[0027] (c) about 0.1% to about 0.4% by weight of the soy polyol of a catalyst.

[0028] These ingredients are mixed according to a method preparing a polyurethane concrete from a vegetable oil-based polyol. The vegetable oil-based polyol is admixed with the isocyanate and aggregate compositions as described above. The resultant admixture may be exposed to vacuum to remove gas pockets for optimun strength mixtures. Alternatively, a small amount of water, e.g., up to 2% by volume of the resin, may be added to the reaction mixture to enhance the degree of contact between the resin and the aggregate by foaming of the polyurethane resin.

[0029] The results shown herein facilitate a method of manufacturing a concrete structure. The method comprises the steps of receiving design criteria that set forth structural specifications of concrete to be used in the concrete structure, consulting a specifications for structural performance of soy-based polyurethane concrete based upon contents of the soy-based polyurethane concrete, selecting a composition of soy-based polyurethane concrete that meets the design criteria, constructing the structure with use of the composition. The design criteria may, for examples, be selected as any combination from the group consisting of cost, compressive strength, tensile strength, and flexural strength. Alternatively, the design criteria may be selected from the group consisting of density and abrasion resistance or other factors. The specifications, for example, may be selected as any combination from the group consisting of resin content, aggregate content, amount of crosslinker, and aggregate composition. Structures that may be produced according to this method may comprise, for example, pouring a floor in an industrial setting or an agro-industrial setting, such as a dairy. Alternatively, structures may include, for example, swimming pools, housing, or transportation structures, such as a bridge or road repair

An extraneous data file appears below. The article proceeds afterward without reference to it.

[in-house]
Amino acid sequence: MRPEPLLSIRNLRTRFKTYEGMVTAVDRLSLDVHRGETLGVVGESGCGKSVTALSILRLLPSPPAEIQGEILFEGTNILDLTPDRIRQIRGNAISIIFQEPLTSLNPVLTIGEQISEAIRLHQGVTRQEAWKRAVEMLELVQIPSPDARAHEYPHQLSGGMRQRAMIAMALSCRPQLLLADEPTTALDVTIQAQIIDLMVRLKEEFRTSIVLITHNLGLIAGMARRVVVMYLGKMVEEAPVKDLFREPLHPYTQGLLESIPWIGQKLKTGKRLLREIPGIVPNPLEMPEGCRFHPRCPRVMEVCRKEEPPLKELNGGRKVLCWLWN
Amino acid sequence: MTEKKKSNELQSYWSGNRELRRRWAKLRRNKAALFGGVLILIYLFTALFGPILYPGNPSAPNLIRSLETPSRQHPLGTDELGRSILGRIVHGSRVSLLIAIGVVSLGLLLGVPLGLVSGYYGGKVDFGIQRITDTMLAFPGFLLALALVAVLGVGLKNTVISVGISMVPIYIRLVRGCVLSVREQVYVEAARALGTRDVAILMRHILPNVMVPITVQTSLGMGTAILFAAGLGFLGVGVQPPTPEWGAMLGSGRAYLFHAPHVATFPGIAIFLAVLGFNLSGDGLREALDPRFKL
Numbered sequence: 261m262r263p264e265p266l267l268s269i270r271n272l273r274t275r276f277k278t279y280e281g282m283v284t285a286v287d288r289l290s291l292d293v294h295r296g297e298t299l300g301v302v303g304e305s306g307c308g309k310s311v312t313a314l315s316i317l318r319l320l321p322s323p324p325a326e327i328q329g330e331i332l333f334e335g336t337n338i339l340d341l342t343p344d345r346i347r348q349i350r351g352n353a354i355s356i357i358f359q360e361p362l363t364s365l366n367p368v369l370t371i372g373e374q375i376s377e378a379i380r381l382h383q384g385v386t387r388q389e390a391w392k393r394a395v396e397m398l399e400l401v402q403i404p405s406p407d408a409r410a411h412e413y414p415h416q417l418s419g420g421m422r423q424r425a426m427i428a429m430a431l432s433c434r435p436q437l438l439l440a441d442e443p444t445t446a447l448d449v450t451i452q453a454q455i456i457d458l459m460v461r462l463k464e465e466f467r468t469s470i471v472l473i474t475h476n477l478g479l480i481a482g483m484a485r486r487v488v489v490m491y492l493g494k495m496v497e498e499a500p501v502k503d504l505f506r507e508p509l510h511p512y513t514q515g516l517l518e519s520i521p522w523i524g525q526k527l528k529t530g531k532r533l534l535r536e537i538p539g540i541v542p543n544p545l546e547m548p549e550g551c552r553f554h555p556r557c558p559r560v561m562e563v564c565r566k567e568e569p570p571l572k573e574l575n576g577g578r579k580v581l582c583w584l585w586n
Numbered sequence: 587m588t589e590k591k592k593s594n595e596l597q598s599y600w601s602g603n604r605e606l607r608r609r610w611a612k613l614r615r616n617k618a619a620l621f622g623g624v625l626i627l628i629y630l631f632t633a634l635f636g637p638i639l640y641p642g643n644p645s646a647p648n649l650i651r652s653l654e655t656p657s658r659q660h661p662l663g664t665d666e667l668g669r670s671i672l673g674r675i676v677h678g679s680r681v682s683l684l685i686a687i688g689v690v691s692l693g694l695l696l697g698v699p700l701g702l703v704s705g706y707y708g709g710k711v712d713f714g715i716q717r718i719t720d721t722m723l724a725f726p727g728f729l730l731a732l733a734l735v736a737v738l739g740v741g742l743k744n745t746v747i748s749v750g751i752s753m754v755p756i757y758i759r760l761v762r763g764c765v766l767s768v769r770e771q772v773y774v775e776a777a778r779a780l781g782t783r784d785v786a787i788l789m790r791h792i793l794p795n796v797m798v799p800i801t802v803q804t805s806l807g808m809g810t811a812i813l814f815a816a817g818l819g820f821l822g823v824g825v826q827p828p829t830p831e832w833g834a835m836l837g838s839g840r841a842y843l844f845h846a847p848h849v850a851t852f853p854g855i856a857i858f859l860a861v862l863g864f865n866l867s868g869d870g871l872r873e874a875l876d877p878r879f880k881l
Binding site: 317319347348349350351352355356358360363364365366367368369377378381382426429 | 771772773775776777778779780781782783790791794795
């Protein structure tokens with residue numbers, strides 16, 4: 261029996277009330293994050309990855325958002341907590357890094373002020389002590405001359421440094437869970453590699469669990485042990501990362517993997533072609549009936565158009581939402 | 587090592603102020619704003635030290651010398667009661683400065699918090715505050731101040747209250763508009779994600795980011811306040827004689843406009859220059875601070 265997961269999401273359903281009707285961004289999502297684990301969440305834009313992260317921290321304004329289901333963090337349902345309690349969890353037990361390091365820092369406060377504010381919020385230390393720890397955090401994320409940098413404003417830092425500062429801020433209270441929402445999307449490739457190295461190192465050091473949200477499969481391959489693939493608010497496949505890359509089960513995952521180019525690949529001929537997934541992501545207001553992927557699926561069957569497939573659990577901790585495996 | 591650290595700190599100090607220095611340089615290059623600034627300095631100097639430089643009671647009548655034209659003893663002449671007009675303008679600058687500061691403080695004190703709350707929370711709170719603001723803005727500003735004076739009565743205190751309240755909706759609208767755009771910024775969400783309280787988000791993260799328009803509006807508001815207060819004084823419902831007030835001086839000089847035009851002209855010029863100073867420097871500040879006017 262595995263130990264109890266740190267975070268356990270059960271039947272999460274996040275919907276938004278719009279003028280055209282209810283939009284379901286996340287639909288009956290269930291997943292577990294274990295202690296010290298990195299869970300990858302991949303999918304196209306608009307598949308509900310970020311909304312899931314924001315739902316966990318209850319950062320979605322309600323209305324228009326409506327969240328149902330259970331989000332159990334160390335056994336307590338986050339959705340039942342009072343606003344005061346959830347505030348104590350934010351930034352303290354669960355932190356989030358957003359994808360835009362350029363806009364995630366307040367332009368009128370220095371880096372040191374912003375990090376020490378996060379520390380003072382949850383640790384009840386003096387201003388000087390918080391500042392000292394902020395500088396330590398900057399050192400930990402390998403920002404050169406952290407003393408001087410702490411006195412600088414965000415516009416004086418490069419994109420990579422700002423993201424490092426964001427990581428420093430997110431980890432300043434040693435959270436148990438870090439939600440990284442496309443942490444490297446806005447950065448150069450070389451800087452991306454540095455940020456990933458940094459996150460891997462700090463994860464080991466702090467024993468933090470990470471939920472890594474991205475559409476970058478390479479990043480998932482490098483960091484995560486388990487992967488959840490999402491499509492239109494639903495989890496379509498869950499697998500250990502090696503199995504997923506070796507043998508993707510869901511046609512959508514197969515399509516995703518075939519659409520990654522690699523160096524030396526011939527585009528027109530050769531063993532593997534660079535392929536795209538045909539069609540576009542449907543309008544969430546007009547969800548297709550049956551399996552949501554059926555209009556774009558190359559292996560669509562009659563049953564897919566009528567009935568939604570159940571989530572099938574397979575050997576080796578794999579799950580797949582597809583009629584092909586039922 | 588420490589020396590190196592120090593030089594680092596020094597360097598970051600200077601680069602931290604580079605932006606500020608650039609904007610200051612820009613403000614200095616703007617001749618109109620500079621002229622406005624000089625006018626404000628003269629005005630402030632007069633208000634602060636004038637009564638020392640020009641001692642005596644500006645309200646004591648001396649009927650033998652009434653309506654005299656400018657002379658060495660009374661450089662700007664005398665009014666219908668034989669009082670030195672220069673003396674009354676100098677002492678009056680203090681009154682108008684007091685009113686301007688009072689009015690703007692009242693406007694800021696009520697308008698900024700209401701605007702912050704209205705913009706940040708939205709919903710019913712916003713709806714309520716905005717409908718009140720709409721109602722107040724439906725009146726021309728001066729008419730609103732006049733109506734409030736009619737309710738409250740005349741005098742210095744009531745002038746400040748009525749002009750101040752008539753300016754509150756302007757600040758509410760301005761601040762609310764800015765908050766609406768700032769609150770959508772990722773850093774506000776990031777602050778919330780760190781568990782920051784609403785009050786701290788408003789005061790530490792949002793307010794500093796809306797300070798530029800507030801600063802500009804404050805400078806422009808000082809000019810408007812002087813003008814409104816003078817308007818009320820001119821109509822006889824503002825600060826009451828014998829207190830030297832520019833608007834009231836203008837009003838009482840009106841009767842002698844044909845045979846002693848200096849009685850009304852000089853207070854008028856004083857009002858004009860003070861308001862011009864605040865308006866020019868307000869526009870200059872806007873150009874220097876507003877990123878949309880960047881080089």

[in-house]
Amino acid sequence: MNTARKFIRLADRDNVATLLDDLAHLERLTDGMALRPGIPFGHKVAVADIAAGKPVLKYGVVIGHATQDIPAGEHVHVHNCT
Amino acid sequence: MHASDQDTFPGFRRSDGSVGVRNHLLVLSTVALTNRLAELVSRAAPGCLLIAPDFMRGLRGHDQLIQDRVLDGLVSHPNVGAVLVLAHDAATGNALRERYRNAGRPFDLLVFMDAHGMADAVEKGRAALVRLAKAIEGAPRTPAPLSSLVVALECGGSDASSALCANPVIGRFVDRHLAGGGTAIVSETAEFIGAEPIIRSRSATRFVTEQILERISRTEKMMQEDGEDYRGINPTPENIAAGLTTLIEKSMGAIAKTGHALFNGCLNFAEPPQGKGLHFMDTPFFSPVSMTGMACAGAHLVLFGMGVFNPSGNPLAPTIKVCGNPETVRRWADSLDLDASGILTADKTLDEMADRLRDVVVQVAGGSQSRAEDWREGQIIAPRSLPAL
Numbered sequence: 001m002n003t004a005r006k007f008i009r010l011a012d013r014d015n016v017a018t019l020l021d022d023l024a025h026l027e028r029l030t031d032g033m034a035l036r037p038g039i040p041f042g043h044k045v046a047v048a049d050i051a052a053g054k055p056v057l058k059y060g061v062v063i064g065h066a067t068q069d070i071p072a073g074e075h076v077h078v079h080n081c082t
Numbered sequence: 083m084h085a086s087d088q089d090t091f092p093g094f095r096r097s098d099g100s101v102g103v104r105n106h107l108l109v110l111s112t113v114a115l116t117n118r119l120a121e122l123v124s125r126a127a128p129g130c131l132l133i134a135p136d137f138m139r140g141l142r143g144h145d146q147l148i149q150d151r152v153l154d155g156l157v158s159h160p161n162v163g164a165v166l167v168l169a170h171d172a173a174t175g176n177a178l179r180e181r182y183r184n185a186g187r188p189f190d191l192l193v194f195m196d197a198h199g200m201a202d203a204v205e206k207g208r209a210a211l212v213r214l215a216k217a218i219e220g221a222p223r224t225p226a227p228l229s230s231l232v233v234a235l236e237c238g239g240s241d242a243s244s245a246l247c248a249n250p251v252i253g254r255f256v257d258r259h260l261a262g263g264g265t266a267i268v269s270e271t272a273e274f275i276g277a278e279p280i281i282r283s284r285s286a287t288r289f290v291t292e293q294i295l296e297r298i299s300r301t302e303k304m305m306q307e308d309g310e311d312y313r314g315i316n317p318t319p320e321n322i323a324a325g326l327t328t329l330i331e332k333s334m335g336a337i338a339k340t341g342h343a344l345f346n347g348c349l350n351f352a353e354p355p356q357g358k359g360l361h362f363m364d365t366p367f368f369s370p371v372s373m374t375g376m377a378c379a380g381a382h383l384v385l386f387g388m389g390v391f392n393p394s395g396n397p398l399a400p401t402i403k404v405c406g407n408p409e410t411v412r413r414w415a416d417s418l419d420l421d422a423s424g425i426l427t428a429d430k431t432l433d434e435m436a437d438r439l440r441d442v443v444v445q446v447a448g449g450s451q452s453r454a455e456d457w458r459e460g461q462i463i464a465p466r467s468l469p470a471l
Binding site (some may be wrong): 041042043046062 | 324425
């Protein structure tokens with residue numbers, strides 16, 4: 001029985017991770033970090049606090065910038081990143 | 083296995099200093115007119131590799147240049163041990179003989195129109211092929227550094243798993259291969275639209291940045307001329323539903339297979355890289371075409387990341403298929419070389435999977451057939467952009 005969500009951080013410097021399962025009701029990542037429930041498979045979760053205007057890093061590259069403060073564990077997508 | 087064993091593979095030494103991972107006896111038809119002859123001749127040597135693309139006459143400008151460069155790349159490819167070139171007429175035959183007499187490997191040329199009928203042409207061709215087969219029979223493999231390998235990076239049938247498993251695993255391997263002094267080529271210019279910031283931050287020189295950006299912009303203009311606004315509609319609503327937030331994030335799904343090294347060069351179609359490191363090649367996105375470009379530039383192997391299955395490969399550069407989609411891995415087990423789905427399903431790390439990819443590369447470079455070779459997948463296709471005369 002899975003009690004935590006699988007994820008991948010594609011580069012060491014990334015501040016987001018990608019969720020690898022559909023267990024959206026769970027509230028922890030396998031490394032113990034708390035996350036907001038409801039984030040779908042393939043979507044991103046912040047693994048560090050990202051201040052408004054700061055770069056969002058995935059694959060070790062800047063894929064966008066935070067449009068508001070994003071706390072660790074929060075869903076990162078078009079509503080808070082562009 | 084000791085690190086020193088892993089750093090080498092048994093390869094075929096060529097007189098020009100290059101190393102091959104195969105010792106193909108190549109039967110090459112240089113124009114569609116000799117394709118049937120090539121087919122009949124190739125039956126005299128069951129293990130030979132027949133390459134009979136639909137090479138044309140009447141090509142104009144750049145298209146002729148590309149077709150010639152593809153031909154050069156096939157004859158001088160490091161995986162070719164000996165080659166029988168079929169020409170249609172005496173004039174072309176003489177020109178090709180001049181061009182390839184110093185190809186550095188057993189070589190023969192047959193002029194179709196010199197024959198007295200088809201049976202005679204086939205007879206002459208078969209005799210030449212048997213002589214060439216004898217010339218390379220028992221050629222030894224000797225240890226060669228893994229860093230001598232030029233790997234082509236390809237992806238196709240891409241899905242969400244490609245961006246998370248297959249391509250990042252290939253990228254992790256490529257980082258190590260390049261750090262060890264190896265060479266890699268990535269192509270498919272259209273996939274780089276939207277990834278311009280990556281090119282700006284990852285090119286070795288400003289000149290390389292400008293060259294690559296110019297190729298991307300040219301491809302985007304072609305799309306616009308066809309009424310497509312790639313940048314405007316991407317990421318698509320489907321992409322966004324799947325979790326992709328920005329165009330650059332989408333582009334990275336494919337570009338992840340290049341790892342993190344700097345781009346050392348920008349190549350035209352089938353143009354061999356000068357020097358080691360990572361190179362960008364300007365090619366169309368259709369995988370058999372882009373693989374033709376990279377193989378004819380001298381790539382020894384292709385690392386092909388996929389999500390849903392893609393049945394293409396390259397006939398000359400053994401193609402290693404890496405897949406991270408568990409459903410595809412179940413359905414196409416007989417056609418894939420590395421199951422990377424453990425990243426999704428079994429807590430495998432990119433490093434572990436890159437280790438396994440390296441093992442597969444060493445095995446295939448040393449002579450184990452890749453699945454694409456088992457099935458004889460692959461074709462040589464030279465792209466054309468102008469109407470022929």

OBJECTS OF THE INVENTION

[0030] Accordingly, an object of the present invention is to provide a polymer concrete that incorporates using a vegetable oil-based polyol.

[0031] Additional objects and advantages of the invention will be set forth in the description that follows, and in part will be apparent from the description, or may be learned by practice of the invention. The objects and advantages of the invention may be realized and obtained by means of the instrumentalities and combinations pointed out in the appended claims.

BRIEF DESCRIPTION OF THE DRAWINGS

[0032]FIG. 1 is a plot of glass transition temperature, Tg in degrees celsius, for four cast polyurethane resins prepared from the four soy-polyols in Examples 1-5;

[0033]FIG. 2 is a plot of flexural modulus in Mpa for the cast polyurethane resins prepared from the four soy-polyols in Examples 1-5;

[0034]FIG. 3 is a plot of tensile strength in Mpa for the cast polyurethane resins prepared from the four soy-polyols in Examples 1-5;

[0035]FIG. 4 is a plot of compressive strength in Mpa for the cast polyurethane resins prepared from the four soy-polyols in Examples 1-5;

[0036]FIG. 5 is a plot of Shore D hardness for the cast polyurethane resins prepared from the four soy-polyols in Examples 1-5;

[0037]FIG. 6 is a plot of temperature versus gel time for a soy-based polyol polyurethane resin;

[0038]FIG. 7 is a plot of catalyst content versus gel time for a soy-based polyol polyurethane resin;

[0039]FIG. 8 is a bar graph of tensile, flexural, and compressive strength measurements in Mpa performed on a variety of soy-polyol polyurethane resins where the resin composition varies by the isocyano to hydroxyl ratio;

[0040]FIG. 9 is a bar graph of tensile, flexural, and compressive strength measurements in Mpa performed on a variety of soy-polyurethane concretes where the resin content of respective concrete samples varies from 15% to 30% by weight of the concrete;

[0041]FIG. 10 is a bar graph of tensile, flexural, and compressive strength measurements in Mpa performed on a variety of soy-polyurethane concretes where the aggregate composition in the concrete samples varies in the amount of fine powder added from 0% to 30% by weight of the aggregate;

[0042]FIG. 11 is a bar graph of tensile, flexural, and compressive strength measurements in Mpa performed on a variety of soy-polyurethane concretes where the aggregate composition in the concrete samples varies in the amount of pea gravel added from 0% to 75% by weight of the aggregate;

[0043]FIG. 12 is a bar graph of tensile, flexural, and compressive strength measurements in Mpa performed on a variety of soy-polyurethane concretes where the aggregate composition in the concrete samples varies in the type of sand added;